First, where in the world did October go?! It’s insane, really.
I hope everyone had a wonderful Halloween! George was thrilled with trick or treating. He dressed up like a dinosaur (which is humorous to me, as I nicknamed him after “George” from Peppa Pig, and George loves Mr. Dinosaur), and he was precious. Don’t tell him this, but he looked so cute in his fuzzy dino suit and tail. He also mastered this little roar. Ah! The best.
And, of course, we can’t leave out Miss Minnie Mouse, who literally had homeowners exclaiming when they saw her. She’s afraid of dogs (don’t get me started on this topic), so she was a little nervous when a house had a barking dog. However, she did quite nicely for herself, candy-wise.
Now, onto literary escapades.
Due to October’s spooky nature, I chose Frankenstein by Mary Shelley as my October Reading Challenge. I should’ve read it in high school (or even college, as I’m an English major), so I made up for lost time. I actually listened to the audiobook while driving and washing dishes, so I’ll forever have this particular man’s voice in my mind as Frankenstein’s monster growled out something or another.
OK, let’s discuss said growling.
Has anyone actually read this book?!
I’ve seen cultural references to Frankenstein my whole life, as the monster is a very common figure to emulate, imitate, and replicate. For the life of me, though, I can’t understand how we got it all wrong?
I’ll address my husband’s greatest pet peeve in this arena first. Frankenstein isn’t the monster, but rather Victor Frankenstein, the scientists who created the monster. You probably knew this tidbit already.
Also, let’s discuss how–very early in the book–Frankenstein obsessively and manically creates this being, brings it to life, regrets his decision, allows the monster to wander off, then goes about his merry way?! What’s the deal, Victor?
Next, why do we always portray the monster as this brainless oaf with no ability to speak? We can probably give Mel Brooks’ 1974 Young Frankenstein some credit for this, but culture definitely took this idea and ran foolhardily. In Shelley’s novel, the monster is extremely eloquent. He spends quite some time stalker-creeping a cottage full of down-on-their-luck family members, so he learns how to communicate, a bit of history, and human interaction.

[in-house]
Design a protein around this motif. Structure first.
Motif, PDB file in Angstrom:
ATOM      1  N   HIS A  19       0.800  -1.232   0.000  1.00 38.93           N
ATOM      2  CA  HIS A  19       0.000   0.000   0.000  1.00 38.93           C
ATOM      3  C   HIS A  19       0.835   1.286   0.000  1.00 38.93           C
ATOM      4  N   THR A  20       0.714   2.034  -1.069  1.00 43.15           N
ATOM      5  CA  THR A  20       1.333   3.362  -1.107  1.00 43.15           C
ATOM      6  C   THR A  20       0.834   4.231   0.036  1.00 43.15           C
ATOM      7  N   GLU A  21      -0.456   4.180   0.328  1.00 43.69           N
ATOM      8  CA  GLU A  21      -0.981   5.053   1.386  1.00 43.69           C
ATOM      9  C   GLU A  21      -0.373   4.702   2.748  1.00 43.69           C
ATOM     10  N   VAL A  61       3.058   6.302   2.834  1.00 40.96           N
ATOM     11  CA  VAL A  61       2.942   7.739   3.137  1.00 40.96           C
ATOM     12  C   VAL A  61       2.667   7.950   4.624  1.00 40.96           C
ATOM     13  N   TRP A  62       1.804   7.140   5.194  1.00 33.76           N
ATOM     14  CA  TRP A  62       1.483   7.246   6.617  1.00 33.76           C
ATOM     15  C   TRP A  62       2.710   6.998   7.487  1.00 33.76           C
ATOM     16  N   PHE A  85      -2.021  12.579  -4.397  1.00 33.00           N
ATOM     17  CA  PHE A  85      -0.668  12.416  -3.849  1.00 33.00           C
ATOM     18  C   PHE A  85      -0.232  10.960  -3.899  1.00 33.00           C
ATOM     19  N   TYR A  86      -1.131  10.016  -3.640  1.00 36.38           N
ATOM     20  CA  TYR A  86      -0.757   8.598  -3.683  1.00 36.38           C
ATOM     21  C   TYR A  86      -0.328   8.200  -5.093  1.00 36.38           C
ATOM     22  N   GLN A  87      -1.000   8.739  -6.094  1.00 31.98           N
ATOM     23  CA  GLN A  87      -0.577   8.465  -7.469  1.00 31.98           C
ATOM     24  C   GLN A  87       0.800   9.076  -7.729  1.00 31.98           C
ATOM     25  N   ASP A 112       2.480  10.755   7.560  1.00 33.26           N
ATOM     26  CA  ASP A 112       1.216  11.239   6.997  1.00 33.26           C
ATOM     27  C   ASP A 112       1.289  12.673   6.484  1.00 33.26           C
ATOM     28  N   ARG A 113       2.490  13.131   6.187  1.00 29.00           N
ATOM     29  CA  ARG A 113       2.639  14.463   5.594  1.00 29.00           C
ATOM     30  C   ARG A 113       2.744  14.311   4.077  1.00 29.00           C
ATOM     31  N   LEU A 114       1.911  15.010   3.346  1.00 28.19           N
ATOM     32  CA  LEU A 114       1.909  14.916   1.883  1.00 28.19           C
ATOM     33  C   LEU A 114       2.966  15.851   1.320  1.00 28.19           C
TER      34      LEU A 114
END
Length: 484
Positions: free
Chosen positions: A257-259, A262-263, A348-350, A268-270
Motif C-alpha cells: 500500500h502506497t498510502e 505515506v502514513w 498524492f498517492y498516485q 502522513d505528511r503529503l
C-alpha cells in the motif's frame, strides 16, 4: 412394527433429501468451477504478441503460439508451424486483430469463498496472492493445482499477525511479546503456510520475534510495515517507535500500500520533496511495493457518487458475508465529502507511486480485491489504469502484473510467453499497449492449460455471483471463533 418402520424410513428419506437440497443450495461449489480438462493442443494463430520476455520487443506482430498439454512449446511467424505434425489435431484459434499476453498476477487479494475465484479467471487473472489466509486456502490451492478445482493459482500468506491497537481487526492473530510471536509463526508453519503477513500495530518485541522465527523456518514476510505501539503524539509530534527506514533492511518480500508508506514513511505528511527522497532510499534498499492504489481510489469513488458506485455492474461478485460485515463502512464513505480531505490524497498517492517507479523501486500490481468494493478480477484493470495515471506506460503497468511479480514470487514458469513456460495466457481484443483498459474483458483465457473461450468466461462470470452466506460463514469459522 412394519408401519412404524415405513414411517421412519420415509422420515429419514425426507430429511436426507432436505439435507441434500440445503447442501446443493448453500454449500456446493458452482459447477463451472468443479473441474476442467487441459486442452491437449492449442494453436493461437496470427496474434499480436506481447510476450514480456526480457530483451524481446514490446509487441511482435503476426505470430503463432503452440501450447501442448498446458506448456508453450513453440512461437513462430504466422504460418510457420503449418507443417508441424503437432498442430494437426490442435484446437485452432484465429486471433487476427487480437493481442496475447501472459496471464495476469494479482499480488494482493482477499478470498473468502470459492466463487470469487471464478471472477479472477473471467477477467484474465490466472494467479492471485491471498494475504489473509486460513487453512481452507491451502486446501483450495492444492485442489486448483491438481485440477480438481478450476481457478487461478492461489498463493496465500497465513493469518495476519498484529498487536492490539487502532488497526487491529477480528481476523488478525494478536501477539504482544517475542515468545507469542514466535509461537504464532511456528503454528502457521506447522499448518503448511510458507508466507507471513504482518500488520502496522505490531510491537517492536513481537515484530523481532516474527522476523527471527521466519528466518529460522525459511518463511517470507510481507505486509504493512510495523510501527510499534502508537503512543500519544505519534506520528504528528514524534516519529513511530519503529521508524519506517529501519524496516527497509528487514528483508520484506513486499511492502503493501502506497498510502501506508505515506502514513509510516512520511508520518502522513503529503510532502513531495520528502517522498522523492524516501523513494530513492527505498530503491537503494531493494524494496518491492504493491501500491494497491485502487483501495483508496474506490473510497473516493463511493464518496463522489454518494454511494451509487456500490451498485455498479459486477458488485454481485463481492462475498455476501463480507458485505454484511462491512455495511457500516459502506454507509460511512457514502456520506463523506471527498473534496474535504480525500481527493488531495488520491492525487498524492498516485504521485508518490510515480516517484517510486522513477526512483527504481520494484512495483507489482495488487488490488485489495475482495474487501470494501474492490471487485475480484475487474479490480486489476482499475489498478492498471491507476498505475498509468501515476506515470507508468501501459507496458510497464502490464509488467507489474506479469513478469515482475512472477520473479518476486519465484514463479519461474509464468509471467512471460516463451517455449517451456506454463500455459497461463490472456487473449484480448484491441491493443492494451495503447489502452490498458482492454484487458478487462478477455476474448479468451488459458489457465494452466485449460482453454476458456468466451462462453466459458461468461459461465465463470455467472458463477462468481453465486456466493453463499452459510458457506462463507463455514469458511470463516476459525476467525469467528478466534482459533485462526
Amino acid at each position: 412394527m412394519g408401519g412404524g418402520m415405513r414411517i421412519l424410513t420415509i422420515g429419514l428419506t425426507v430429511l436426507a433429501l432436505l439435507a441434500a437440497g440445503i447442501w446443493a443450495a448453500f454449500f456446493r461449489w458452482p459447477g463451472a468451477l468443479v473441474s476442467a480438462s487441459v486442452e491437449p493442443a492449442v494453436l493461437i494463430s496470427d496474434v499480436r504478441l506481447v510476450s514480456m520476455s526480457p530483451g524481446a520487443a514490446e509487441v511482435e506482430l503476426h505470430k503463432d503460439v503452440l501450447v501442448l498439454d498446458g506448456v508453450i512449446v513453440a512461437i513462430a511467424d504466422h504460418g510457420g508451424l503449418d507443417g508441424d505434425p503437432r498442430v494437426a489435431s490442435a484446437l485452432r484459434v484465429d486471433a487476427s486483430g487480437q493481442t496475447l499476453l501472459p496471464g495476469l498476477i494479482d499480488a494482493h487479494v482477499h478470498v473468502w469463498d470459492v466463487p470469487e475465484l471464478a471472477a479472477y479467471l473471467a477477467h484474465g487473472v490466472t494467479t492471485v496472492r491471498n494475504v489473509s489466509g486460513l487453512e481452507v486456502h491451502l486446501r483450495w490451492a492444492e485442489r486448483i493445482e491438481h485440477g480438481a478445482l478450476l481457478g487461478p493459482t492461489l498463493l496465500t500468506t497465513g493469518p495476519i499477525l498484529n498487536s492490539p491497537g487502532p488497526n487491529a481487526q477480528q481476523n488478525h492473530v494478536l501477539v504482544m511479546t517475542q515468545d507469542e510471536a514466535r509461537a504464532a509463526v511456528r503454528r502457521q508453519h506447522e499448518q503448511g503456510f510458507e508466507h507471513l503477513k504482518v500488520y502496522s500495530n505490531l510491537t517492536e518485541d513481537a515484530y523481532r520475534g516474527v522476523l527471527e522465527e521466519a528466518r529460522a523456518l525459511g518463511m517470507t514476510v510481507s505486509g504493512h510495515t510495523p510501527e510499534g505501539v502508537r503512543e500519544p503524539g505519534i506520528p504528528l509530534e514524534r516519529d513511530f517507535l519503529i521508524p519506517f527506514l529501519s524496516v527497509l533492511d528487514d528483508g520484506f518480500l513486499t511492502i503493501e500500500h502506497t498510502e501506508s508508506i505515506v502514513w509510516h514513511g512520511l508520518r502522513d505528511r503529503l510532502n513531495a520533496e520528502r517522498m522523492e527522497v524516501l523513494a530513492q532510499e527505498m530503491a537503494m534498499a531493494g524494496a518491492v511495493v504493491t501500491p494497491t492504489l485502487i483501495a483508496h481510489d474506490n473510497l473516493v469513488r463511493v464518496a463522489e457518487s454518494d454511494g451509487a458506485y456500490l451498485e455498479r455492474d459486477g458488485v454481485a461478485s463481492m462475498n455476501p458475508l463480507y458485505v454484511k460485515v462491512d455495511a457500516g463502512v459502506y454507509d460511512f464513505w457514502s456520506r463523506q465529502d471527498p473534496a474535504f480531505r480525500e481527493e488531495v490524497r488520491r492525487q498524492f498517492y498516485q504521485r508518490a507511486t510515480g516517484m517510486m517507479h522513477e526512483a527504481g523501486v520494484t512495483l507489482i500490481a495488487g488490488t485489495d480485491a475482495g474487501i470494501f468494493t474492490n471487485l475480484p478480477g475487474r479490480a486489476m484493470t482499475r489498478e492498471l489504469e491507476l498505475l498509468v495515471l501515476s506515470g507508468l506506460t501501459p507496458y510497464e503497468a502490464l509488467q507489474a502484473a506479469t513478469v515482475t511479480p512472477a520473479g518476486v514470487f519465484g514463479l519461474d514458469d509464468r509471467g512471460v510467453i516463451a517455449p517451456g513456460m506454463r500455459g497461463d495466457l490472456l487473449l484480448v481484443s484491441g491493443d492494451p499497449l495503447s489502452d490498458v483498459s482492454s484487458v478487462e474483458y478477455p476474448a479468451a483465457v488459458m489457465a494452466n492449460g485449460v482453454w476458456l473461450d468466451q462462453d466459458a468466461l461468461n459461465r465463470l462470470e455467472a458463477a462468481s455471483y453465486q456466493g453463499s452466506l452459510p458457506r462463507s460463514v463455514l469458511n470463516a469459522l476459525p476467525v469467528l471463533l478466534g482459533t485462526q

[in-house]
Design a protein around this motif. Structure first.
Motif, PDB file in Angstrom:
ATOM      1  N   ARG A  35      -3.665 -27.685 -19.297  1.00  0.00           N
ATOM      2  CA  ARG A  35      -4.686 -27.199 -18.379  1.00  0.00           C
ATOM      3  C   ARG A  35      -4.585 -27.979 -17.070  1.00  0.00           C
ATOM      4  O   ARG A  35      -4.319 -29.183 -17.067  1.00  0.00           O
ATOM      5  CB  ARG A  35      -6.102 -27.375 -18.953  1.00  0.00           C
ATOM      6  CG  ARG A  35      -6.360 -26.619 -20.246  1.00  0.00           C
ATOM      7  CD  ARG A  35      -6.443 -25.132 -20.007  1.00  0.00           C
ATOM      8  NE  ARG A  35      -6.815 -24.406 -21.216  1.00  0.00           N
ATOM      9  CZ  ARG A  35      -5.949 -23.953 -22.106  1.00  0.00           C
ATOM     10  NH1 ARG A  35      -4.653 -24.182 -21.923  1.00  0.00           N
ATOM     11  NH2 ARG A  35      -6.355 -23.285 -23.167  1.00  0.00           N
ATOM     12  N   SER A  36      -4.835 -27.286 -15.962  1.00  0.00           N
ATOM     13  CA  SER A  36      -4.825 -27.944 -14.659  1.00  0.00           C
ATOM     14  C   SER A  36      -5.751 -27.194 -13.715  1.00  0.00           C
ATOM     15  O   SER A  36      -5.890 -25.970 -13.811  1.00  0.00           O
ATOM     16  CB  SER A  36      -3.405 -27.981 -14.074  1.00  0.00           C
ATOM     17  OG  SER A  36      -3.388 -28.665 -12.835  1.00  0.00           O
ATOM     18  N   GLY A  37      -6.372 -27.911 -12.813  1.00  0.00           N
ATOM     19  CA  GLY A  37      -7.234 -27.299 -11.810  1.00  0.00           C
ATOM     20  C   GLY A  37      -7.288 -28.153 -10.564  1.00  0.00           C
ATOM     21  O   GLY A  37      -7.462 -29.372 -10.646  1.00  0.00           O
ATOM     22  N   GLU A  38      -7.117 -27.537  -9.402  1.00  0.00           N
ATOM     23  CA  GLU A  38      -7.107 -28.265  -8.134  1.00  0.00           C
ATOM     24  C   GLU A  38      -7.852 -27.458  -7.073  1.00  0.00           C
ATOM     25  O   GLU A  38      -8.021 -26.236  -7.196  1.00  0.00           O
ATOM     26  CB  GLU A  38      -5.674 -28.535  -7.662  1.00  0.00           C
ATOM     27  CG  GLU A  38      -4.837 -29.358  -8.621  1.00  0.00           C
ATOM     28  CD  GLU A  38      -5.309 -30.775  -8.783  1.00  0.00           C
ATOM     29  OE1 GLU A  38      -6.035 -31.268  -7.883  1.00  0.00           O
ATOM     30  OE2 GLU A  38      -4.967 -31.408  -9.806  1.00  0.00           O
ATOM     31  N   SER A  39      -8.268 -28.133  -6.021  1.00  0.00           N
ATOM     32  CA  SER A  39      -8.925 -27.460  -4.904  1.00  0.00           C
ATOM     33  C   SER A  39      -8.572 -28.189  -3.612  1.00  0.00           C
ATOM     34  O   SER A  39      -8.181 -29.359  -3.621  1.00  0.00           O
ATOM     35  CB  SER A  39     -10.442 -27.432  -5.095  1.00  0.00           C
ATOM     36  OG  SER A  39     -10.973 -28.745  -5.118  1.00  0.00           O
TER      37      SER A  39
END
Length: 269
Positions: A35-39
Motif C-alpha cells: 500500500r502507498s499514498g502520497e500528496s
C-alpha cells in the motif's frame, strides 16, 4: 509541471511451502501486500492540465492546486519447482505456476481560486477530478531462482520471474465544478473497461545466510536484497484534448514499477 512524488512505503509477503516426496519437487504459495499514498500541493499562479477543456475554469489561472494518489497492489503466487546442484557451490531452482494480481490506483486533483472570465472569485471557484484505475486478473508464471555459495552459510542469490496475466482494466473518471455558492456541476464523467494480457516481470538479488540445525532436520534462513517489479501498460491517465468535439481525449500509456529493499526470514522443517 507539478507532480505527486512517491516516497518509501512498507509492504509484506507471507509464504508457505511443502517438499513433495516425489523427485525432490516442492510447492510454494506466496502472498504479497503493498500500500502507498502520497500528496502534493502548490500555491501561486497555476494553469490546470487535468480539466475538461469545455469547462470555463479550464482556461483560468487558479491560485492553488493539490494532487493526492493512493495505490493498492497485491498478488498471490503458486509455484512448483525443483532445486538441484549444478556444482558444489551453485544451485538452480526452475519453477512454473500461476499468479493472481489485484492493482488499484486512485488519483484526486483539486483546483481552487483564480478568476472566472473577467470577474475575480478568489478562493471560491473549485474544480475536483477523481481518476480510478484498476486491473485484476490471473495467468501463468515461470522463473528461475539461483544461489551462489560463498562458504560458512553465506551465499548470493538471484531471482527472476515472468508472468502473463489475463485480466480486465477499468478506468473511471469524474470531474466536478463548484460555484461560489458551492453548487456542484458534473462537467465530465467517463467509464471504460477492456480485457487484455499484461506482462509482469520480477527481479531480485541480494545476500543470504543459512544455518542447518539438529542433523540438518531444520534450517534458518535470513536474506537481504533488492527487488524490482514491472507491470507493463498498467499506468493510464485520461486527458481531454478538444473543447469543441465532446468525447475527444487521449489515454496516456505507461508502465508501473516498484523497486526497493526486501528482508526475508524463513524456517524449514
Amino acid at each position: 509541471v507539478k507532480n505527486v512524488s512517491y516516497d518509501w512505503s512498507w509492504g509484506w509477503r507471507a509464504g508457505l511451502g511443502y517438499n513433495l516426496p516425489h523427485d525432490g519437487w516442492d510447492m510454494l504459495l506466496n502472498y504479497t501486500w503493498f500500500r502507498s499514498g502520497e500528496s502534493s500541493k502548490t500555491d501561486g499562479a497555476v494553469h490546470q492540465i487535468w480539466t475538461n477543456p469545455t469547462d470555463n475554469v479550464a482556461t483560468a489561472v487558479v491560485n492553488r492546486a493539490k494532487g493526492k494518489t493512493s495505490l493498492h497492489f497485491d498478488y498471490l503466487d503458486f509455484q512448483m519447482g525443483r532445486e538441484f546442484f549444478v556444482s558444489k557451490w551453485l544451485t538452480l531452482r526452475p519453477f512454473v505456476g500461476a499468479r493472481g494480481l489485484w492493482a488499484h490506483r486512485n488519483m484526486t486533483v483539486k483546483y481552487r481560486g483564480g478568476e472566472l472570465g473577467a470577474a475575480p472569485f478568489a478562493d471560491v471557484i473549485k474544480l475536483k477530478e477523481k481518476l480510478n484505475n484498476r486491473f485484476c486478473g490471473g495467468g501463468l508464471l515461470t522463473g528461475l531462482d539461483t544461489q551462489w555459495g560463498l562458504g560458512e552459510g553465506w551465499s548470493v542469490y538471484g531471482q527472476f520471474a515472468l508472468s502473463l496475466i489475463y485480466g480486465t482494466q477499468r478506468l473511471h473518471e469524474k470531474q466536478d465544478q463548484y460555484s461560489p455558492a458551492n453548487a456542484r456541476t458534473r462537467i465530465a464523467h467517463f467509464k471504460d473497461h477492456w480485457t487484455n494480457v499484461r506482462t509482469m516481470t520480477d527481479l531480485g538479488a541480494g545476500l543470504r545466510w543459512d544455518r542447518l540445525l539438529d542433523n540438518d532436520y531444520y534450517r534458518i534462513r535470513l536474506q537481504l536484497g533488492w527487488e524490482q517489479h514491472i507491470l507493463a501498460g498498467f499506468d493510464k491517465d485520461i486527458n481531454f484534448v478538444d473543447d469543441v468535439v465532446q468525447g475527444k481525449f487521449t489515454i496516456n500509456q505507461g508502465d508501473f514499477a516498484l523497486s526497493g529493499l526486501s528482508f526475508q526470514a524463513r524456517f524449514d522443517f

When everyone freaks out at the sight of him and treats him horribly, he withdraws and asks his creator for one thing–a wife, someone to love and who will love him (hopefully). Victor agrees to this request under duress, but later changes his mind, mostly to tick off the monster looking through his window.
Thankfully, Victor faints often and has months of recuperation, otherwise he’d probably cause numerous other problems along his way.
In the end, I enjoyed it more than I expected, but I also rolled my eyes more than anticipated. Victor was so dramatic. Maybe men of that era actually swooned and lamented as such, but I find that challenging to believe.
Bonus Points: I also read Mary, Who Wrote Frankenstein, a picture book by Linda Bailey. First, the illustrations (Julia Sarda) are fantastic. Second, it’s an overarching view of how Mary Shelley became the author of such a fantastically creepy monster story, the first of its kind. Highly recommended, especially as we’re waving bye-bye to October.